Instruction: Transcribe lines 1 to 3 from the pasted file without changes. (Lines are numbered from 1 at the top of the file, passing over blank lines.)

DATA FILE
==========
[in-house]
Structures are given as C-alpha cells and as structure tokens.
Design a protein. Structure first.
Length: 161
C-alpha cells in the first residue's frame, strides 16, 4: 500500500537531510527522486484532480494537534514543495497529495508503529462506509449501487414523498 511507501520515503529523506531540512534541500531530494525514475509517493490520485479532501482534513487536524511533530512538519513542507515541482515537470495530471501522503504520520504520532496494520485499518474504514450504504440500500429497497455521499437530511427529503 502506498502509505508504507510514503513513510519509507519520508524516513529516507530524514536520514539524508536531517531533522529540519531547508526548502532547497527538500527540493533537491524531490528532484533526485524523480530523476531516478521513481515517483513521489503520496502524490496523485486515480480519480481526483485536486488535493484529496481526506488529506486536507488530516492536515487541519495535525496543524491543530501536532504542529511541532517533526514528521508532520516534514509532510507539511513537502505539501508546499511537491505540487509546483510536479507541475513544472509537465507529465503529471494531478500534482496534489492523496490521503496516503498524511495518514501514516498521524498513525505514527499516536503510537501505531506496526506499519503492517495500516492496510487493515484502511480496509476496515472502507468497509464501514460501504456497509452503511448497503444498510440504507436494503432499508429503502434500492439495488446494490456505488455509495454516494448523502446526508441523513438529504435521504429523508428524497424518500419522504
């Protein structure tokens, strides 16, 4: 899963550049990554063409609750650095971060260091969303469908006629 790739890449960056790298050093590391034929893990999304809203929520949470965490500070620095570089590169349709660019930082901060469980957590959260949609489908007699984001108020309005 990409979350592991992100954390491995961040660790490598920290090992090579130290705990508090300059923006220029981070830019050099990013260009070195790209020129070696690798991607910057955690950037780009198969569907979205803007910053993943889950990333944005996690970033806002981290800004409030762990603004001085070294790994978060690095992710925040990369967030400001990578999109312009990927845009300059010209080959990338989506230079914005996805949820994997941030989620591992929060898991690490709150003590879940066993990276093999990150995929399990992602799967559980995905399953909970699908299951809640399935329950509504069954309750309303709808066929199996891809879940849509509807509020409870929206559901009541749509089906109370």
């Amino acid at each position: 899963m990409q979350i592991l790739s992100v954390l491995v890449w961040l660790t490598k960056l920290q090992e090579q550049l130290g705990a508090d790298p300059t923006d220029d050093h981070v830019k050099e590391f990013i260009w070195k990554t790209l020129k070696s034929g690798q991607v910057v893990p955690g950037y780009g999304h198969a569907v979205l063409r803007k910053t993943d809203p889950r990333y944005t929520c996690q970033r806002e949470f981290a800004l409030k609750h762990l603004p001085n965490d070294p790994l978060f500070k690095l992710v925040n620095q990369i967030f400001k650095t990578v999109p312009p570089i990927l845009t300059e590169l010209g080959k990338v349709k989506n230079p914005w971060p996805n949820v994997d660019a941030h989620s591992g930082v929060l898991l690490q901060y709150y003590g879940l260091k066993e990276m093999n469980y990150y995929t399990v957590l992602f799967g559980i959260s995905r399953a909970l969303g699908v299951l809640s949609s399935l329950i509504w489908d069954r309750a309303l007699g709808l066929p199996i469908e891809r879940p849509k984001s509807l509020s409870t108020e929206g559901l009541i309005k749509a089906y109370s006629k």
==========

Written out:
[in-house]
Structures are given as C-alpha cells and as structure tokens.
Design a protein. Structure first.